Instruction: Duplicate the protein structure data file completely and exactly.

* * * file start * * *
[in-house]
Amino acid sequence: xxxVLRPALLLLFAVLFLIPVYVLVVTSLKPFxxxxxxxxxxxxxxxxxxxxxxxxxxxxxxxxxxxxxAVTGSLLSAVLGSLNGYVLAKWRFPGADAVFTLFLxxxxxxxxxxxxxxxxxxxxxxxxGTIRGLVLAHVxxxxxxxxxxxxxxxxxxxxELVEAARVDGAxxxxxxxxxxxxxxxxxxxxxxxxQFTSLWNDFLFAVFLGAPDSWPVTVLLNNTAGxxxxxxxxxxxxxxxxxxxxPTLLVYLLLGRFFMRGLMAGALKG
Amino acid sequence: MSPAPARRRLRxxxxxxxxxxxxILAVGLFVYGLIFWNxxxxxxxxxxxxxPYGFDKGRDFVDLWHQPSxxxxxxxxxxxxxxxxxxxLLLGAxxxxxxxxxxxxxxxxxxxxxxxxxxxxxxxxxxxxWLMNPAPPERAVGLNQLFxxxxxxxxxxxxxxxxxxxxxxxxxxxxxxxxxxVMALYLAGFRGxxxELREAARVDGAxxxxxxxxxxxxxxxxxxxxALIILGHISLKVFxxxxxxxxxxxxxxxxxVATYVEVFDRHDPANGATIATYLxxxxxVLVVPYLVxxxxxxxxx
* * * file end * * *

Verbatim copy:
[in-house]
Amino acid sequence: xxxVLRPALLLLFAVLFLIPVYVLVVTSLKPFxxxxxxxxxxxxxxxxxxxxxxxxxxxxxxxxxxxxxAVTGSLLSAVLGSLNGYVLAKWRFPGADAVFTLFLxxxxxxxxxxxxxxxxxxxxxxxxGTIRGLVLAHVxxxxxxxxxxxxxxxxxxxxELVEAARVDGAxxxxxxxxxxxxxxxxxxxxxxxxQFTSLWNDFLFAVFLGAPDSWPVTVLLNNTAGxxxxxxxxxxxxxxxxxxxxPTLLVYLLLGRFFMRGLMAGALKG
Amino acid sequence: MSPAPARRRLRxxxxxxxxxxxxILAVGLFVYGLIFWNxxxxxxxxxxxxxPYGFDKGRDFVDLWHQPSxxxxxxxxxxxxxxxxxxxLLLGAxxxxxxxxxxxxxxxxxxxxxxxxxxxxxxxxxxxxWLMNPAPPERAVGLNQLFxxxxxxxxxxxxxxxxxxxxxxxxxxxxxxxxxxVMALYLAGFRGxxxELREAARVDGAxxxxxxxxxxxxxxxxxxxxALIILGHISLKVFxxxxxxxxxxxxxxxxxVATYVEVFDRHDPANGATIATYLxxxxxVLVVPYLVxxxxxxxxx